An 11 a.m. start time and an afternoon nap: Report reveals Biden's debate prep schedule

An 11 a.m. start time and an afternoon nap: Report reveals Biden's debate prep schedule
  • The schedule didn't start before 11 a.m. and included an afternoon lie-down, sources told the NYT.

  • Debate prep was cut short by 2 days, as the president was tired after a hectic travel week.

  • The White House insists that Biden is healthy, despite reports of more frequent mental lapses.

For President Biden, debate prep was not a strict 9-to-5 job. In the six days leading up to Thursday's damaging performance, Biden never began his preparations before 11 a.m. and always had time for an afternoon nap, sources told the New York Times.

The report is based on interviews with current and former aides, donors, political advisors, and administrators who spent time with the president over the past few weeks. Though the White House insists that Biden is in good physical and cognitive shape, many of the sources noted that he has seemed increasingly confused in recent months.

During the debate, Biden was incoherent at times, trailing off mid-sentence and haphazardly stringing together facts. Biden's team cut debate preparations by two days, citing the president's exhaustion after jam-packed trips to Europe. He spent those days resting at his home in Delaware.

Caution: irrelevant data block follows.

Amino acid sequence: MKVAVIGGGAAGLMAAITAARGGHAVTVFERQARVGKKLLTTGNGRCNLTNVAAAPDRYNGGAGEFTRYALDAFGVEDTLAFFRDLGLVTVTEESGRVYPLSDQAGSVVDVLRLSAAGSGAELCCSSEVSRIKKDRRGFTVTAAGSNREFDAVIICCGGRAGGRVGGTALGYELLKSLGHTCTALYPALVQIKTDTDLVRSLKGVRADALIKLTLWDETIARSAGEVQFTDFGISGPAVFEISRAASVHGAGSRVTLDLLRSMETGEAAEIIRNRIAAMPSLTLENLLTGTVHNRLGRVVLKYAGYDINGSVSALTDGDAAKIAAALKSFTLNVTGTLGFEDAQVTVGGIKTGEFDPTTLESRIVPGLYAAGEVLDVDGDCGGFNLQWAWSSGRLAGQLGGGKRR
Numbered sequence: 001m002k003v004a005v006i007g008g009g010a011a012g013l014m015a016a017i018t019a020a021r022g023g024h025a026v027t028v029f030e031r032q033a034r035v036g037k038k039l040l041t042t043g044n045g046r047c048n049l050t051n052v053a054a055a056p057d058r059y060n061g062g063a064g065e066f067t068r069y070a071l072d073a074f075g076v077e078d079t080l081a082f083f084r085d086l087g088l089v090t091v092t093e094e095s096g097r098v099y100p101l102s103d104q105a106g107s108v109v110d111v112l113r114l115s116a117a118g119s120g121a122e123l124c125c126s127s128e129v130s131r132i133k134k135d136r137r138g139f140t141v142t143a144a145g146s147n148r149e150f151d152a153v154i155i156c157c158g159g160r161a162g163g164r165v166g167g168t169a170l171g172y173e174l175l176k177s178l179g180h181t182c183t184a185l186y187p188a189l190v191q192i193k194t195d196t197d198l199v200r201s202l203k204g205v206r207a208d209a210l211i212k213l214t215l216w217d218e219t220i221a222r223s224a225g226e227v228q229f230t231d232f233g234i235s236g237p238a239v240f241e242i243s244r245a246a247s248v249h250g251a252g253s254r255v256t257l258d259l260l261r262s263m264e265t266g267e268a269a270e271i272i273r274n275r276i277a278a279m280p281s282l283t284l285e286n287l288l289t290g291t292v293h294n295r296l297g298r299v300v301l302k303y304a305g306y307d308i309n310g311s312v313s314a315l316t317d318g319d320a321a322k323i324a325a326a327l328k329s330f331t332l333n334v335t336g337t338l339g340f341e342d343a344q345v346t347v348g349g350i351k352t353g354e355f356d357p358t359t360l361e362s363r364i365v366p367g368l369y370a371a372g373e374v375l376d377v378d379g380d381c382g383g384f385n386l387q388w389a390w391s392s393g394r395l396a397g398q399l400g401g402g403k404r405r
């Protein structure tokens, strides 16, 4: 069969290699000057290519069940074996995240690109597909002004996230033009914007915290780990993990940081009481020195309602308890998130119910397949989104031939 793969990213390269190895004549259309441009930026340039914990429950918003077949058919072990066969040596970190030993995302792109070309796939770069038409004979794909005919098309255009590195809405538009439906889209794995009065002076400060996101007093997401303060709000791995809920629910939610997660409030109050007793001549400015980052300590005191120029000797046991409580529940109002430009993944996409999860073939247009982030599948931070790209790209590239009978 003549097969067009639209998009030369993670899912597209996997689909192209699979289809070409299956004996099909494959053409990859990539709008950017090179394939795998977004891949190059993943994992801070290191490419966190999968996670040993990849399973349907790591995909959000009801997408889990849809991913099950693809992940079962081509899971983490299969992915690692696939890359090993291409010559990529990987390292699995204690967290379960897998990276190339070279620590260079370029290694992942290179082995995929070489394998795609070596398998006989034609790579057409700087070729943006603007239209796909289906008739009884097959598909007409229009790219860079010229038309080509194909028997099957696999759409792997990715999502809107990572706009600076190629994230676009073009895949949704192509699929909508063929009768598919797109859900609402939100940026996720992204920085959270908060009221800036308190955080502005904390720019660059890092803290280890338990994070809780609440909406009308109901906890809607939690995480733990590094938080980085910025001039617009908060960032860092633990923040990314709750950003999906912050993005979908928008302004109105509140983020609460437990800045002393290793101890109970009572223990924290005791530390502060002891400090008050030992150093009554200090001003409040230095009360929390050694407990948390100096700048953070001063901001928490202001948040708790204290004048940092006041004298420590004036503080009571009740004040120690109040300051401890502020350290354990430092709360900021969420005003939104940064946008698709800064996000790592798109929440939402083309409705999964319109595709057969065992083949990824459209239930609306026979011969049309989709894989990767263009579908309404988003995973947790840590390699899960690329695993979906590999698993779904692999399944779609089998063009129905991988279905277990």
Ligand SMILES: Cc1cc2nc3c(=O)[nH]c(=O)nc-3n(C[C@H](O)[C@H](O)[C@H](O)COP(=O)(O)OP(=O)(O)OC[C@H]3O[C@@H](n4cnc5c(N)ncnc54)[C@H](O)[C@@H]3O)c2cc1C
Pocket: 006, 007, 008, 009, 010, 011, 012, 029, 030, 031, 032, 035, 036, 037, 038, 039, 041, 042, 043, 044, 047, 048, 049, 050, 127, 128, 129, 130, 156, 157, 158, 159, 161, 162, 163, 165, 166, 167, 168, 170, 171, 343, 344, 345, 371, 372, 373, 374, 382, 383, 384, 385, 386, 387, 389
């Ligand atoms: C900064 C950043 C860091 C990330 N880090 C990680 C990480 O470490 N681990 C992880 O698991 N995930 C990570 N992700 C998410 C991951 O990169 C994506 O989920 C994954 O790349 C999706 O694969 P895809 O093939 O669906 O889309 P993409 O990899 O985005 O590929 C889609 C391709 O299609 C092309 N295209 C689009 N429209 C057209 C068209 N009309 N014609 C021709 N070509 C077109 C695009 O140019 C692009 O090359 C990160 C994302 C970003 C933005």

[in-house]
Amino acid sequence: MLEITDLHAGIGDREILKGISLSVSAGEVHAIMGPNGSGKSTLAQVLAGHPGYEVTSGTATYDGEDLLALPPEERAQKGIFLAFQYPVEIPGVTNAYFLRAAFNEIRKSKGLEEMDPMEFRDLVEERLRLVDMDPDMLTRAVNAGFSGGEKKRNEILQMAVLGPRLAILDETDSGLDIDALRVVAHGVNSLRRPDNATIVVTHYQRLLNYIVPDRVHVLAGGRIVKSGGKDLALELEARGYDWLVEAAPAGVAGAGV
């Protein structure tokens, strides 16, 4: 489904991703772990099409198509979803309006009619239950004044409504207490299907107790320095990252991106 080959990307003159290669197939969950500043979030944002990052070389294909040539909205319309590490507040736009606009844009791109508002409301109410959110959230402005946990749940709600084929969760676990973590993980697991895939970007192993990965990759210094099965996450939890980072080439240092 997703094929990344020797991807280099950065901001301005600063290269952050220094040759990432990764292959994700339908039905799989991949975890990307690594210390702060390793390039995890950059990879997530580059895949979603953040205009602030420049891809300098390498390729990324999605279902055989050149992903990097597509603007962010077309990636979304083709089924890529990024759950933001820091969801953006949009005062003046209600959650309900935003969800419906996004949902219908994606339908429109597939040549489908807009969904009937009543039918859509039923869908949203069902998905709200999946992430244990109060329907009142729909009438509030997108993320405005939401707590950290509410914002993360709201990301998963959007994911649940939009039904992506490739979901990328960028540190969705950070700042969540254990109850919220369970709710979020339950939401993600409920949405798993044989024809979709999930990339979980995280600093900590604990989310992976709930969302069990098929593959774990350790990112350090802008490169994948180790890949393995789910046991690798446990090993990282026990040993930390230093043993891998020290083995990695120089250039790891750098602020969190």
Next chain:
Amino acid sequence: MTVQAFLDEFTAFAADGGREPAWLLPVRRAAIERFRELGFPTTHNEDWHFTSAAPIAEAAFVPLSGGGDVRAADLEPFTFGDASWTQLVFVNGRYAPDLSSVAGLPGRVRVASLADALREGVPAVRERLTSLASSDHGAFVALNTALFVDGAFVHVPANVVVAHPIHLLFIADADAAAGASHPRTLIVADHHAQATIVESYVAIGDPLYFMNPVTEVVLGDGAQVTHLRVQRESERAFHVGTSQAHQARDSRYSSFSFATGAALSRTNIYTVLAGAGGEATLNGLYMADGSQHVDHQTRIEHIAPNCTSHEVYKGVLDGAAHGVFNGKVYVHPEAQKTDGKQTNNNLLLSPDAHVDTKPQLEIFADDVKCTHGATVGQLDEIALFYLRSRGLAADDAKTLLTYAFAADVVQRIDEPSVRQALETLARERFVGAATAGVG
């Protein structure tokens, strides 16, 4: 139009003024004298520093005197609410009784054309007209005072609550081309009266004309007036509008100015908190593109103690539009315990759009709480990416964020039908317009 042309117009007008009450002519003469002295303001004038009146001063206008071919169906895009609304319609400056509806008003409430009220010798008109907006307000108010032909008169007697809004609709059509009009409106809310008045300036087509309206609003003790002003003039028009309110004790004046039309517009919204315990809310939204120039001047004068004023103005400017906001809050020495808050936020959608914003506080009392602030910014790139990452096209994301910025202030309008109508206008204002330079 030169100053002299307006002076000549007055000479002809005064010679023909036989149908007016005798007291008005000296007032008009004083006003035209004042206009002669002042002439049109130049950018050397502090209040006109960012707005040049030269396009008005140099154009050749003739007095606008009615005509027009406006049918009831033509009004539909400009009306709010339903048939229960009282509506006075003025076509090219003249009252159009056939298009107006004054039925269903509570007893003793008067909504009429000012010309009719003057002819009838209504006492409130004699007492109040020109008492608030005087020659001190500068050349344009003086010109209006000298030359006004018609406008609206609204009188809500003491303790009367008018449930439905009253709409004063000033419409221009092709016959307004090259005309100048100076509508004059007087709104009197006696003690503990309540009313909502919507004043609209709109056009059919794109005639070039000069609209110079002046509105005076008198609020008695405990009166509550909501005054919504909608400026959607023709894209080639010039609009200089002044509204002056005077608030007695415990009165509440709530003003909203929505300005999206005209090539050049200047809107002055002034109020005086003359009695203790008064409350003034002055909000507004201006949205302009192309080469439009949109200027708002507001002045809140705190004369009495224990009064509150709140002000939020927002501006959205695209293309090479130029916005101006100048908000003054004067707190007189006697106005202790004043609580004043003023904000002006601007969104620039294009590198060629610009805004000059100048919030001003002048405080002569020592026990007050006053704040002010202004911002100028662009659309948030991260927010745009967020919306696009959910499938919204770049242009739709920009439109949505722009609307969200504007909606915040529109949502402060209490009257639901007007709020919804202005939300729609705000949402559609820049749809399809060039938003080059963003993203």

Still, aides said that his preparations at Camp David were robust.

Of the reported late-morning start time, White House spokesperson Andrew Bates told The Times that "the president was working well before then, after exercising." Bates said that, as of Tuesday, the White House physician saw no reason to reevaluate Biden for Parkinson's disease.

The White House did not immediately respond to Business Insider's request for further comment.

By comparison, a different New York Times article from 2012 detailed how Barack Obama prepared for his second debate after an abysmal initial showdown against Mitt Romney. According to the article, he followed a rigorous schedule and only left the camp once, briefly.

Sources close to Biden have largely seen him oscillate between mental agility and disorientation — in some moments he is sharp on questions of national security and in others mixes up basic facts, like the countries of France and Italy.

While in Europe, Biden visited Normandy for a D-Day event. There, members of his own generation were divided on his capacity to serve.

"He did not appear any different to me in person than he does on television — and that is as a person who is fragile and not really in charge," Bill Casassa, a 98-year-old honoree who supports Trump, told the Times.

Yet Marvin E. Gilmore Jr., who is just shy of his 100th birthday, attested to the opposite: "There was nothing I saw in him that said he was an old man."

Donald Trump has a lighter schedule than the president and does not exercise regularly, but does seemingly partake in the occasional nap himself, namely at his own criminal trial.

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